Then George set about staffing the new department.

“We did hire some of the private contractor’s people,” he said. “Then we offered some of our existing employees promotional opportunities to go into sanitation. We canvassed all the other towns around us to find out what they were paying their people with the same sort of task operation … ‘do your route and go home.’ And we put our sanitation people at a grade that was close to everybody around us. It was a fair comparison. And so when we factored in their salaries and their benefits, add in equipment and operating costs, and that’s what it cost us. We saved the city significant money the first several years of operation.”

In fact, in the first year alone, George saved Rye approximately $750,000, which amounted to less than half what it would have cost the city and its residents with the private contractor.

How did he do it?

“We didn’t really do that much different from what the private contractor was doing,” he admitted. “We started with six routes, and balanced them by time and tonnage. We had brand new equipment and sure there was an initial cost, but we figured at a seven- or eight-year life cycle, with our potential savings, that we would come out ahead and we did.”

George set up two-man crews with each man having a CDL license so that each could leap frog during the routes, switching from driver to picker. He also runs a task operation.

“I believe that’s the only way garbage collection works well in this area of the county. The sanitation men have an assigned route, they do it and they go home. They don’t work on the clock.

“Every day, there are 12 sanitation men, two on each truck, working the garbage routes,” he said. “There’s a front-end loader operator, who is assigned to sanitation because he’s transferring recycling materials. There are two recyclers and a foreman, Scott Fontecchio, who oversees all of this. We have four other individuals whom we call ‘laborers/jumpers,’ who come in earlier with the sanitation force just in case someone doesn’t show up; they’re prescheduled to fill in for someone if he’s on vacation or sick. We use four people in this slot; if they’re not assigned to sanitation for the day, they fill in as regular laborers for the day. If they’re needed, they’ll either do recycling or sanitation.

“We kept smaller equipment, such as 18-cubic yard trucks, small snub-nosed trucks, so that we could get into some of the smaller streets that we have here and some long driveways to the big estates that we have in our city,” George continued.

“We go into people’s yards and pick up their garbage. The only thing people bring to the curb are their recyclables, metals, and green waste. This is what we give the residents here in Rye: They get regular household garbage collection, twice a week; they get recycling of pulp, such as newsprint and cardboard; and glass, cans and aluminum once a week; and they get green waste collection, such as grass clipping, branches, etc., once a week on Wednesdays; and they get bulk collection, such as old chairs, once a week. They also get metal collection on a call-in basis once a week on Wednesdays.”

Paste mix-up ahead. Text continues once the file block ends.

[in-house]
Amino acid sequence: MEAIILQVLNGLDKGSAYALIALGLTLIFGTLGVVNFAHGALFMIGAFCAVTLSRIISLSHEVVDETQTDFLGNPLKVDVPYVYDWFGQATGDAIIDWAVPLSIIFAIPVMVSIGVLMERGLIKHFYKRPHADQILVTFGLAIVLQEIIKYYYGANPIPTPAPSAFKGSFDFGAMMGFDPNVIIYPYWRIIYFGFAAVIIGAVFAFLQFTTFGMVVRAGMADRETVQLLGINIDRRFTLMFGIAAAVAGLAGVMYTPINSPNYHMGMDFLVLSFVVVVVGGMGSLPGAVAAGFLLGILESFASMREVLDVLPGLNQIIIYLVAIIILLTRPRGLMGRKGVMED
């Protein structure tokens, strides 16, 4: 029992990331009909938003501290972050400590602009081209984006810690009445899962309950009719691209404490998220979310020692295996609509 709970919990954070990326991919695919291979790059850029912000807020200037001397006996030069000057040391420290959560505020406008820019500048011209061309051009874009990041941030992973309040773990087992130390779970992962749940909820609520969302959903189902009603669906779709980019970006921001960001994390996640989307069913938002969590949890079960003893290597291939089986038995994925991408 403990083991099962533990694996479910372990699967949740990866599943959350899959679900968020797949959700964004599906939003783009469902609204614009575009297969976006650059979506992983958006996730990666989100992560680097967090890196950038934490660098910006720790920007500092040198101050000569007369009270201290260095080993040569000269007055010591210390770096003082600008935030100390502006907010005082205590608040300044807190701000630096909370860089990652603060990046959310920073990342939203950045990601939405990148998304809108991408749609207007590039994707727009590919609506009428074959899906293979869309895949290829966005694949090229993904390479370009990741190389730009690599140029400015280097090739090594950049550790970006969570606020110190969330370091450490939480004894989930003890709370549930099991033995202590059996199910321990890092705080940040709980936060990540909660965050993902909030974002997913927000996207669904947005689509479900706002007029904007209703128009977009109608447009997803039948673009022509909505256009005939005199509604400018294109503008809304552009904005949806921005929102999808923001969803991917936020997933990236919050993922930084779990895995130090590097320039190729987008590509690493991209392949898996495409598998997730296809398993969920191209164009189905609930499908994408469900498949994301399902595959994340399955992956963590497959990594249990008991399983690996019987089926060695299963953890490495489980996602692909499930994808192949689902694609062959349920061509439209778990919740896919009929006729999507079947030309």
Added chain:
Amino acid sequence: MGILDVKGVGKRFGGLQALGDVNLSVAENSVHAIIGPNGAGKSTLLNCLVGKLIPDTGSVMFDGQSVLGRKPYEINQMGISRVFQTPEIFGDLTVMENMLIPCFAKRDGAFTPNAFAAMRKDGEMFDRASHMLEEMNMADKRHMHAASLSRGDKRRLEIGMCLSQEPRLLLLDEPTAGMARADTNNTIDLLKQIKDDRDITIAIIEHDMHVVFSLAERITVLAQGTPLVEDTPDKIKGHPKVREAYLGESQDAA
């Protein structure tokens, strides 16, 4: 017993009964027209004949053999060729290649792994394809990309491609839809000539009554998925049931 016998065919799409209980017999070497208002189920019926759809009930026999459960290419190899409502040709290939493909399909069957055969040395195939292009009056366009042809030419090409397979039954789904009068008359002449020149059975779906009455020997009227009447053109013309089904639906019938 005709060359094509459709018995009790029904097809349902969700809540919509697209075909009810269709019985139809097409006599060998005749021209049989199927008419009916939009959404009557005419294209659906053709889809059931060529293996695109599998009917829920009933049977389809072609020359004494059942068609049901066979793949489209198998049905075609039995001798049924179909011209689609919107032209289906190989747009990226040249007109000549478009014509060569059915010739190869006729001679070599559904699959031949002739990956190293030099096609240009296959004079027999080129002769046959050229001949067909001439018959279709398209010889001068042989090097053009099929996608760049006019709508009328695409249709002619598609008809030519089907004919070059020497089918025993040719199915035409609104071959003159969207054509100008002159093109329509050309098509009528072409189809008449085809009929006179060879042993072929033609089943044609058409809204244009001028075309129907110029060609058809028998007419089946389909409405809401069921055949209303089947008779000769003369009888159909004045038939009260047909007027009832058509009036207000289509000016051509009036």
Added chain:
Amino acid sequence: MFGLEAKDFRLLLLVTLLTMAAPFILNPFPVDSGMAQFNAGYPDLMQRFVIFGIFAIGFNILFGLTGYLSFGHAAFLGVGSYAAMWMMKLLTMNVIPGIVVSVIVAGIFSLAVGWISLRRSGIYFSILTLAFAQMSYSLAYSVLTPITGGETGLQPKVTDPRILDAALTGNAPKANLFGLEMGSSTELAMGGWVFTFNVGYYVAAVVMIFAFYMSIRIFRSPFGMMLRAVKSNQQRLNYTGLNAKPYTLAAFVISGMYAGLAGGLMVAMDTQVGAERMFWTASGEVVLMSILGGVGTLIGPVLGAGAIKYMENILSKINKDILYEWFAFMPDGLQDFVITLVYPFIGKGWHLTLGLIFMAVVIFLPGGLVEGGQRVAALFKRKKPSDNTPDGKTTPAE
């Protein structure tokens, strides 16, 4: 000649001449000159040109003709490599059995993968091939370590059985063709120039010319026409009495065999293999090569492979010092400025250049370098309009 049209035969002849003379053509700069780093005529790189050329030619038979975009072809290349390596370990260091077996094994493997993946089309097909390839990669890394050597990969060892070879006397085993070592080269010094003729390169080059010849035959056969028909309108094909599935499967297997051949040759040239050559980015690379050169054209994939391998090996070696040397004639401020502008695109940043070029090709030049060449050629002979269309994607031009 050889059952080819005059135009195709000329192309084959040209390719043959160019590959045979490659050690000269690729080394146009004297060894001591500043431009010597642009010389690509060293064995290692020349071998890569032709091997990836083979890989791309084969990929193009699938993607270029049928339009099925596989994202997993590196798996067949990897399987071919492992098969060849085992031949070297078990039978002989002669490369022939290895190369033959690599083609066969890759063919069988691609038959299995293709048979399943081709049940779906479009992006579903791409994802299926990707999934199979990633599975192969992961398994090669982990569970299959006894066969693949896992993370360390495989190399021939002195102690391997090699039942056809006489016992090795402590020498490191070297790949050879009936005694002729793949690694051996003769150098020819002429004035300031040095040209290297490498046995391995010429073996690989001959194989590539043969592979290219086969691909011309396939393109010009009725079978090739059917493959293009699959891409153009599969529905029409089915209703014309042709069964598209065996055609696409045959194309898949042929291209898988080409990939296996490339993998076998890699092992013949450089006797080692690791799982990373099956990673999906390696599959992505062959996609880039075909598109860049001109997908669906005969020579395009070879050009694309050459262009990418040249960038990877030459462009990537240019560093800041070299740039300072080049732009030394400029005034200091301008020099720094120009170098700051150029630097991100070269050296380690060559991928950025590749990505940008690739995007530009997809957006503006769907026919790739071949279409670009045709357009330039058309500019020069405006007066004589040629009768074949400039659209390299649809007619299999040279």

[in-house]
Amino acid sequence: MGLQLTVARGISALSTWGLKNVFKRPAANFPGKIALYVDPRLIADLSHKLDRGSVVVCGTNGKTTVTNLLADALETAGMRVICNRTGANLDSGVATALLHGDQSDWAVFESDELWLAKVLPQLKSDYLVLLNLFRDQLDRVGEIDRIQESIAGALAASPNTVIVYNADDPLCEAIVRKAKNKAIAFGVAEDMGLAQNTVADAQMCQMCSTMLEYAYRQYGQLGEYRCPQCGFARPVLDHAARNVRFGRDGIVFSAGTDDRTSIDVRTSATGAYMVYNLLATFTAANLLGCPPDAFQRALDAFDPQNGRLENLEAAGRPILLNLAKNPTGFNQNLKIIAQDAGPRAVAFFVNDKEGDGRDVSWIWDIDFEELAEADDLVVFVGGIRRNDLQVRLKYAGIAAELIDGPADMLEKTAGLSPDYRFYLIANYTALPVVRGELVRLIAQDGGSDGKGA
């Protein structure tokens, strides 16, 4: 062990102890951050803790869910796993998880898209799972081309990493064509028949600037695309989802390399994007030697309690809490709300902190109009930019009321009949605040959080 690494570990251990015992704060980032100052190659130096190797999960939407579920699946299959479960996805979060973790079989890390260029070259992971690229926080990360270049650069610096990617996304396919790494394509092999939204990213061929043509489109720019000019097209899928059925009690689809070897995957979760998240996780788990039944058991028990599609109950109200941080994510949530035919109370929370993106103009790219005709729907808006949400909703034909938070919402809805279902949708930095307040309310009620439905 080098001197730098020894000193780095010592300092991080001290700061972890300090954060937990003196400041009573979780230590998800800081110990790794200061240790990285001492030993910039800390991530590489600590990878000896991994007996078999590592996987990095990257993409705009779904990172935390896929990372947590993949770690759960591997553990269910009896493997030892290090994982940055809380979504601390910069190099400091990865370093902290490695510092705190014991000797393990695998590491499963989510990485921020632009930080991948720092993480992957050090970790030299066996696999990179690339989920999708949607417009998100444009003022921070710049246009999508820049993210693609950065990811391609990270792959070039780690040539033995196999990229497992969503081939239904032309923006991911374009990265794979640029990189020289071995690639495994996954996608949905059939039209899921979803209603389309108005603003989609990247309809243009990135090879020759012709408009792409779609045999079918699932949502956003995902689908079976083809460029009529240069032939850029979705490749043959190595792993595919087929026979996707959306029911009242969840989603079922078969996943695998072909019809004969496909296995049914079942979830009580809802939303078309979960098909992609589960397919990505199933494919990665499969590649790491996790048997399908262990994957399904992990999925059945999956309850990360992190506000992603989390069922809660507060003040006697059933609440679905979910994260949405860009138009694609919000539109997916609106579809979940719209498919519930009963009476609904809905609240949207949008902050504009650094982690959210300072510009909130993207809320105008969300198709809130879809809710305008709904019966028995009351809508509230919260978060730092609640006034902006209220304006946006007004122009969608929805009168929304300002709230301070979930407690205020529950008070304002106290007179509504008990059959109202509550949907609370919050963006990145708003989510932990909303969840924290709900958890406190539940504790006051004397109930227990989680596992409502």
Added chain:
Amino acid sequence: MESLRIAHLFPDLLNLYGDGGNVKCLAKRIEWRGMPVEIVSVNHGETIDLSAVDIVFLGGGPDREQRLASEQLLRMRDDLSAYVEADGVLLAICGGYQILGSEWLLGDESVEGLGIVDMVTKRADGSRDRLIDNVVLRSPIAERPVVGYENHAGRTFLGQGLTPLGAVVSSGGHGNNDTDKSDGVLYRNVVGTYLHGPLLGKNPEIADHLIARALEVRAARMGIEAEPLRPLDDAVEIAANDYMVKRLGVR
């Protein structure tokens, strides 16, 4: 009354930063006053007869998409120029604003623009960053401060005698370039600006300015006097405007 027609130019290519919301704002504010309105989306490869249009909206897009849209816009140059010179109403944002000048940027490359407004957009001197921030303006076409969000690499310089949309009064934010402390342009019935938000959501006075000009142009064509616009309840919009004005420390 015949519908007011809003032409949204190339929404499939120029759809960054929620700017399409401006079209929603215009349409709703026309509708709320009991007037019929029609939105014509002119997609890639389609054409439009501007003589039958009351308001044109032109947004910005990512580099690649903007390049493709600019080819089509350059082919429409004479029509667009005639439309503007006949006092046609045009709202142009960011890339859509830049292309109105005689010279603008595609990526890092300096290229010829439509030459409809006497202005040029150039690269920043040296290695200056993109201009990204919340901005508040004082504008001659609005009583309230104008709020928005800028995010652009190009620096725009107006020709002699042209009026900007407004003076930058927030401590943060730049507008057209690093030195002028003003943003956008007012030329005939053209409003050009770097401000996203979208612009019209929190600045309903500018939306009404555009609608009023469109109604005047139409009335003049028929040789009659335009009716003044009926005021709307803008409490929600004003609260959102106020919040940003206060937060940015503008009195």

All the collected trash is hauled to a transfer station in the City of White Plains, which is approximately 8 mi. away.

George, Rye DPW Score Well With Public

Approximately four years ago, Rye’s city manager asked residents through a survey to rate city services — public works, sanitation and recycling scored the highest for service.

“With the number of collections that we have each week, they’re very happy,” George said. “Sure, we miss stops every now and then and people call and complain. But we will always act professionally. For example, we have an ‘oops’ sticker for recycling when a resident does something wrong, which advises residents what we can and can’t pick up.

“Our sanitation foreman, Scott Fontecchio, will go out personally and meet with residents and try to straighten out the problem.

“Also, our men are trained so that as they go by a stop in the morning and there is no garbage, they call it into our dispatcher here at the office and say, ‘16 Maple Avenue has no garbage.’ It’s written in a log, so if the resident from that address calls later that day and says, ‘Hey, you forgot my garbage,’ We can say we were there at 7:45 this morning and there was nothing,” George explained.

“We don’t make a big issue out of this and our customers don’t either, because again, two days later, we’re there again picking of their garbage.

“You have either a Monday/Thursday collection, or you have a Tuesday/Friday collection. So, for example, Monday you’d put out your garbage; Tuesday is an off day; Wednesday, you’d put out your green waste, and if you have any metals, you’d call us up and tell us and we’ll pick it then; Thursday is garbage collection again. Recycling is collected once per week from every home.

“The twice a week collection, though, is I think what makes people most happy with the service.”

George added, “If they forget to put their garbage out on one day, two days later you have another chance. So it’s not a big deal.”

Keeping an Excellent Crew

“I have an excellent, excellent crew here,” George said. “I probably wouldn’t be here if I didn’t have the people I have working with me. We have good people. Foremen, Peter Anfuso, Scott Fontecchio, John Yusi, and Jeff Simpson as well as Pam Fazzino and Angela Yusi who run the office — they all run this operation as far as I’m concerned. They’re a great group of people. They take their jobs seriously, and they do their jobs well.”

Keeping good people is another matter, particularly in a city where the average house price is more than $1 million.